The instructions for IRS Form 990, the long form, are 103 pages long. IRS Form 990-EZ, its mid-range form, instructions are 48 pages long. IRS Form 990-PF, only for private foundations – but required of all private foundations regardless of total revenue, instructions are 40 pages long. And the instructions for IRS Form 990-N, what the IRS calls its “e-Postcard,” still manages to be nine pages long. What is IRS Form 990? It’s a lot of paperwork.
The official IRS subtitle of Form 990 is Return of Organization Exempt From Income Tax. It is tempting to consider this a tax return because it so closely resembles a corporate tax form, but the IRS calls it an information return. The reason for this is that nonprofits are tax exempt, and therefore, they typically do not pay corporate income taxes. What the IRS wants is information, or details, about your nonprofit’s income, expenses, and activities during the past year – even if it’s nothing.
There are five versions of Form 990:
1. Form 990-N:
Form 990-N is the only version of the annual information return that isn’t really a form at all but rather an online-only data filing. In fact, it is referred to by the IRS as an e-Postcard. If gross receipts normally exceed $50,000, the nonprofit will have to prepare and file one of the longer versions. Here’s how the IRS defines normally under $50,000; it’s more complicated than it seems:
- The nonprofit has been in existence for 1 year or less and received, or donors have pledged to give, $75,000 or less during its first taxable year;
- Has been in existence between 1 and 3 years and averaged $60,000 or less in gross receipts during each of its first two tax years; and
- Is at least 3 years old and averaged $50,000 or less in gross receipts for the immediately preceding 3 tax years (including the year for which calculations are being made).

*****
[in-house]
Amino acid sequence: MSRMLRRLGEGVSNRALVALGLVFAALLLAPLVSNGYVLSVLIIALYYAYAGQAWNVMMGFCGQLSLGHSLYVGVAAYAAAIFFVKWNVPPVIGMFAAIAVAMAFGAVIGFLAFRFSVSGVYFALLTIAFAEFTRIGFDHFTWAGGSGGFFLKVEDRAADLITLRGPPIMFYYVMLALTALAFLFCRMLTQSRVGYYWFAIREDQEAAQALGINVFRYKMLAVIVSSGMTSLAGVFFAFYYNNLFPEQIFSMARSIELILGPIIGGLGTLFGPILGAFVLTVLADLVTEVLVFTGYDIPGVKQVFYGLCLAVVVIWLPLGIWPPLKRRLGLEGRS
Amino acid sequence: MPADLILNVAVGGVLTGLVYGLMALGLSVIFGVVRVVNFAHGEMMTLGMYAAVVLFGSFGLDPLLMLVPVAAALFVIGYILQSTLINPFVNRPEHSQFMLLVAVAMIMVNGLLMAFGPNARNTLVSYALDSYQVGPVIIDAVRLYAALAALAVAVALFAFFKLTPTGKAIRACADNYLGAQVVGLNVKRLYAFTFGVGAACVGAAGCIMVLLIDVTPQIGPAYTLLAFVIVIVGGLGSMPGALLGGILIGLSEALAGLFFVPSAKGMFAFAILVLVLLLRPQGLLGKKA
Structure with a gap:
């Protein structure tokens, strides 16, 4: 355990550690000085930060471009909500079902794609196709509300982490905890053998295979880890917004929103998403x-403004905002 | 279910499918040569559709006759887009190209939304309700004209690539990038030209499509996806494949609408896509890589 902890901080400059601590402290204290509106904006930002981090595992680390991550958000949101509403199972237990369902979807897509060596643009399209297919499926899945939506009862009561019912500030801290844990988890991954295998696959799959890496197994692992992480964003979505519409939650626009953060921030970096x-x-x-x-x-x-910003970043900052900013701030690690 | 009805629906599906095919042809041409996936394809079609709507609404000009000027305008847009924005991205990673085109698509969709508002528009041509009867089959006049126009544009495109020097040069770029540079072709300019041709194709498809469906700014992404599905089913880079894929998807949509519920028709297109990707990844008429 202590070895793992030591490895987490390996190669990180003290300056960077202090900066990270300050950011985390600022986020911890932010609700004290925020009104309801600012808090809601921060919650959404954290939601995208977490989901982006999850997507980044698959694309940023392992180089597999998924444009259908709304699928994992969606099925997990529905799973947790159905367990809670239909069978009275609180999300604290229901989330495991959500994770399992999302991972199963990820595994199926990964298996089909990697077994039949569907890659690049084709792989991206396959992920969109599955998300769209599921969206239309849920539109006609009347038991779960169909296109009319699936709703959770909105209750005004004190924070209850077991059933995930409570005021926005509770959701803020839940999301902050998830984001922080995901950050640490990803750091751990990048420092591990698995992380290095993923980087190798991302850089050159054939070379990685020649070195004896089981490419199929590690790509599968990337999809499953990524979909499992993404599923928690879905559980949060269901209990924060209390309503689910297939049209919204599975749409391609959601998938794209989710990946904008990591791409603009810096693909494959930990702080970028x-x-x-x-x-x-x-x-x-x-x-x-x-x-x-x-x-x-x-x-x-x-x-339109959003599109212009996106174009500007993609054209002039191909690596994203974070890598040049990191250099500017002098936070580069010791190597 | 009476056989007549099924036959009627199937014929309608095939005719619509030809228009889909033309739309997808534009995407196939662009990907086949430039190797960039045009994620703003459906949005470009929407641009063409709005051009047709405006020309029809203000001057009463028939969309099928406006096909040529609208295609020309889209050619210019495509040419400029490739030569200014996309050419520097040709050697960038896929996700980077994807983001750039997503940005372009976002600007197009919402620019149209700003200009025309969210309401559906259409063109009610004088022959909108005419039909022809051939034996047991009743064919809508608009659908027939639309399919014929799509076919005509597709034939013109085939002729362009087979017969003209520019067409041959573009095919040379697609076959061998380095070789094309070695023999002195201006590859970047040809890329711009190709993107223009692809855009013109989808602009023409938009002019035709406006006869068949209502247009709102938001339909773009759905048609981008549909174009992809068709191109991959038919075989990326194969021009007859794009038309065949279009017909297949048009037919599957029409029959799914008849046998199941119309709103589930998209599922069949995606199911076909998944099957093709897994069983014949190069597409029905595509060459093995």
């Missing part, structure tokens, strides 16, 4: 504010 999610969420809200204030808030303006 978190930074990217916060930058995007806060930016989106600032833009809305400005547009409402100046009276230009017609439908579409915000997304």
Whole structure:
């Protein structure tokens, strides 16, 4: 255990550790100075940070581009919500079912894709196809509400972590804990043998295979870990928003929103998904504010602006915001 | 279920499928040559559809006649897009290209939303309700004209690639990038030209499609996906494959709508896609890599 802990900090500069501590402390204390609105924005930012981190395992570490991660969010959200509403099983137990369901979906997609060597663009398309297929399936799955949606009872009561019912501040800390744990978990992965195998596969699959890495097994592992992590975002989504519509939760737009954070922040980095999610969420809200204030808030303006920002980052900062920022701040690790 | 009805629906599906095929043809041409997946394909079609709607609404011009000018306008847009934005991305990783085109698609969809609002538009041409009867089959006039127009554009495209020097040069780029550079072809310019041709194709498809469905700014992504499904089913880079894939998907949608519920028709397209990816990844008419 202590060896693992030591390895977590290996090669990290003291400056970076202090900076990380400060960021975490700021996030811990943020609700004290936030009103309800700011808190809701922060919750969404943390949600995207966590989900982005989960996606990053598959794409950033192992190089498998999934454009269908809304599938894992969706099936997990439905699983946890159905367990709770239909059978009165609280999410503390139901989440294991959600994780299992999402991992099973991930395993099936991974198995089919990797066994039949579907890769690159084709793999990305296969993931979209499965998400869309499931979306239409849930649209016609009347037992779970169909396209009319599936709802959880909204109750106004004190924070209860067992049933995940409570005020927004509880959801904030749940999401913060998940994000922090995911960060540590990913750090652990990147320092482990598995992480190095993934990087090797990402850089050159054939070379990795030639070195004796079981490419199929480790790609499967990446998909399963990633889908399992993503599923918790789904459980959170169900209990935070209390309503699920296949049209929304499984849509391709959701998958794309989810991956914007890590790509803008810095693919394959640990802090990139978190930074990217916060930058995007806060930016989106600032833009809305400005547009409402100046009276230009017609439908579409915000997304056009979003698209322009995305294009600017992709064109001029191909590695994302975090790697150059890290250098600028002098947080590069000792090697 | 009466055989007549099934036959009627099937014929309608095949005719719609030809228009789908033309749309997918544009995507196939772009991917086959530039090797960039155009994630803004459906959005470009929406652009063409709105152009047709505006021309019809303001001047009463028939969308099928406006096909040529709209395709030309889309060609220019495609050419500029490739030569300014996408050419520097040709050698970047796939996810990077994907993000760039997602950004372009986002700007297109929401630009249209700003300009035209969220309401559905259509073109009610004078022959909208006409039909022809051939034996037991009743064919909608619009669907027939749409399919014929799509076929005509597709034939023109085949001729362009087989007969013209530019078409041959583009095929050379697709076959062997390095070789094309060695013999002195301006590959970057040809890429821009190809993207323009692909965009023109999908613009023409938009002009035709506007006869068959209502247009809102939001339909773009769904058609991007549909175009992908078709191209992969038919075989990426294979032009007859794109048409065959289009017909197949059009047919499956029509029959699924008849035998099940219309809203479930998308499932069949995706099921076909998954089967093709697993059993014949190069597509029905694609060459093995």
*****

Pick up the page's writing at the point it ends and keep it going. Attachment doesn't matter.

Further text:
2. Form 990-EZ:
The name itself, Form 990-EZ, is somewhat of a misnomer. While it is certainly easier to prepare than other full0form variants, it is by no means easy. It is the lowest threshold version that really resembles a corporate tax return, only more thorough. In order to qualify to file Form 990-EZ, a nonprofit should have gross income of more than $50,000 but less than $200,000 during the past fiscal year. In addition, the total valuation of all assets should be less than $500,000. If an organization’s assets are worth more than that, a full Form 990 will be required, regardless of revenue.
As we have worked our way up the ladder of the various versions, from the e-Postcard Form 990-N, through Form 990-EZ, and now Form 990, we see that each successive version is much longer and requires more and more detailed information. This version is, by far, the most thorough one of the bunch. To be required to file Form 990, a nonprofit should have a gross income of more than $200,000 during the past fiscal year. Also, nonprofits with assets collectively valued greater than $500,000 must file Form 990, even if their revenue is less than $200,000. Form 990 is a beast of an information return. It is not uncommon for Foundation Group’s Compliance Team to prepare Form 990 returns for clients that exceed 50 total pages!
4. Form 990-PF: